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Company Registration / Representation Office
 
Application for establishment of a representative office of a foreign juristic person respecting international trading business

Activities of representative office are service businesses under List three (21) of Foreign Business Act B.E. 2542 (A.D. 1999). In the past, definition of the representative office, in accordance with the Regulations of the Office of the Prime Minister governing application for Establishment of Representative Office of foreign juristic person respecting international trading business B.E. 2529 (A.D. 1986). Subsequent the mentioned regulations together with Announcement No. 281 of the National Executive Council were abolished. In the present, definition of the representative office, in accordance with the Regulation of the Office of the Prime Minister in Establishment of Work Permit and Visa Center (No.3) B.E. 2544 (A.D. 2001).

 
Under the above regulation, the business activities that representative office can carry out are limited to 5 business activities:
  1. Source of goods or services in Thailand for the head office.
  2. Checking and controlling the quality and quantity of goods purchased or hired to manufacture in Thailand by the head office.
  3. Giving advice concerning goods of the head office sold to agents or consumers.
  4. Propagation of information concerning new goods or services of the head office.
  5. Report on business trends in Thailand to the head office.
General characteristics of the representative office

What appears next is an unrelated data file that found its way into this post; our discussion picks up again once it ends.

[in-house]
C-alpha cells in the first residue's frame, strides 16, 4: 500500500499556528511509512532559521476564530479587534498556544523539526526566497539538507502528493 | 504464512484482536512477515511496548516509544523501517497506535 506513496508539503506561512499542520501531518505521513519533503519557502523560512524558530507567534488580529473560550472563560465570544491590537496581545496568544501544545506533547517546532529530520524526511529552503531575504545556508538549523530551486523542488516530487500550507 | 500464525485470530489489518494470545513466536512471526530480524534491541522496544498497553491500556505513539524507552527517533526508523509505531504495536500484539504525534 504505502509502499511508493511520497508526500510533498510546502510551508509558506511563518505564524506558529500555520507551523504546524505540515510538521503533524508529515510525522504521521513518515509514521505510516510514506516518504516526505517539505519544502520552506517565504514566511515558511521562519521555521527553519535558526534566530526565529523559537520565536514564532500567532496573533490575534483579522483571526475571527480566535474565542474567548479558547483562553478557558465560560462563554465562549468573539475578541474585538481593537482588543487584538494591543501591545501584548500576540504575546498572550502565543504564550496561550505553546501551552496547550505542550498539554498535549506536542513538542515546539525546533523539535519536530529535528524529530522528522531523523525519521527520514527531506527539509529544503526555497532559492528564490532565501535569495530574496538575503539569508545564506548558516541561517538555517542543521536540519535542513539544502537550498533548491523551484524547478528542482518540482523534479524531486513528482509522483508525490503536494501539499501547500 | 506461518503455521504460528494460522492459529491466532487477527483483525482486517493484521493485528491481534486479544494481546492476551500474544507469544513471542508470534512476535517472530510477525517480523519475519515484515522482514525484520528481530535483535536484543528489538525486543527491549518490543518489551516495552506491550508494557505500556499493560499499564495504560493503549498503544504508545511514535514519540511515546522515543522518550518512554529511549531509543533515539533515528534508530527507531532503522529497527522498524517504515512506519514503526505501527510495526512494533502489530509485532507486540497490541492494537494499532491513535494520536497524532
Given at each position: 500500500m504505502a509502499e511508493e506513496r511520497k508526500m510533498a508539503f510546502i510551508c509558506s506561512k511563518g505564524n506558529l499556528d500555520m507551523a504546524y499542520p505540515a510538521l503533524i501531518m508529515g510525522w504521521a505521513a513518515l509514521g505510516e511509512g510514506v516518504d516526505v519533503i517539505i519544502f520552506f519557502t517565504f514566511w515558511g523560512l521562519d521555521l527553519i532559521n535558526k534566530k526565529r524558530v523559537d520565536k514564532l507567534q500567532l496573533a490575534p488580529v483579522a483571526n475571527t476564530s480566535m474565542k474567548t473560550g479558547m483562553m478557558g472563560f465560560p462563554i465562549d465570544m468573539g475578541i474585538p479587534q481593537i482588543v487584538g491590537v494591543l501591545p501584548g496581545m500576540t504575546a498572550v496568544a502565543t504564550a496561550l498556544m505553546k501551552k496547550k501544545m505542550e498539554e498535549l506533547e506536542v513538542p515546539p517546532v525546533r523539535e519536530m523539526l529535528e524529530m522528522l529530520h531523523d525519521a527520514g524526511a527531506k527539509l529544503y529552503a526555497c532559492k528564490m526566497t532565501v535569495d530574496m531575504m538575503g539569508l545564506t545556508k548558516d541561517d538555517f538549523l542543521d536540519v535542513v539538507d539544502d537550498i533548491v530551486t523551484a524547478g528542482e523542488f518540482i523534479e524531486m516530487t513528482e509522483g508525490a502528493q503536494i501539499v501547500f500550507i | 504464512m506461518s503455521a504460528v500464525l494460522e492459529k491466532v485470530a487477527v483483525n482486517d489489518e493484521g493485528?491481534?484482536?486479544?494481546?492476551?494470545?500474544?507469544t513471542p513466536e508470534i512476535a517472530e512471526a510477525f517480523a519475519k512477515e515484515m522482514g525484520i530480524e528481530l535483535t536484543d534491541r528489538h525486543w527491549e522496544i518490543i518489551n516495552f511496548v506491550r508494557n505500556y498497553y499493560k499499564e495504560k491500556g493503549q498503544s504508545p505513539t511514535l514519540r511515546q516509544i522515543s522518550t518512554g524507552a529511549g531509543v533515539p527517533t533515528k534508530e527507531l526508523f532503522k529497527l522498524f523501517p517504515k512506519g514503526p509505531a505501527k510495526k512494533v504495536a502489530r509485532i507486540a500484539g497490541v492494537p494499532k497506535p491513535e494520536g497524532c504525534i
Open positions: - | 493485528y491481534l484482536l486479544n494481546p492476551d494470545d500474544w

1. Non revenue-generating activities.
  2. No authority to accept purchasing order or to make offer for selling or to negotiate for carrying out of business with person or juristic person in the country in which it is established.
  3. All expenditures incurred by the representative office must be borne by the head office.
  4. It is not subject to corporate income tax. In accordance with revenue code except deposit interest of remitted funds from the head office has to pay tax.
Out of scope activities of the representative office
  1. Purchasing order or payment of goods on behalf of the head office or its affiliated companies or any activities concerning the purchasing.
  2. Shipment the goods of the head office or its affiliated companies already purchased.
  3. Checking and controlling the quality and quantity of goods for any companies that are not the head office or its affiliated companies.
  4. Giving after sale service concerning installation and maintenance.
  5. Giving advice concerning goods that do not produce or sell by the head office or its affiliated companies.
  6. Receiving purchasing order or service on behalf of the head office or its affiliated companies.
  7. Coordinating in purchasing and selling on behalf of the head office or its affiliated companies.
  8. Propagation of information concerning previous goods or services that already sold in Thailand.
  9. Carrying out activities as middleman or agent between customer in Thailand and head office or its affiliated companies.
  10.  Planning and coordinating with any organization in term of business on behalf of the head office or its affiliated companies.
  11. Being representative in making any contract or activities on behalf of the head office or its affiliated companies.
  12. Report information to any companies that are not the head office or its affiliated companies.
Documents required register to a representative office in Thailand
Foreign corporations wishing to do business in Thailand through a representative office must submit the following documents:
1. An affidavit from the manager or corporate officer, stating the following: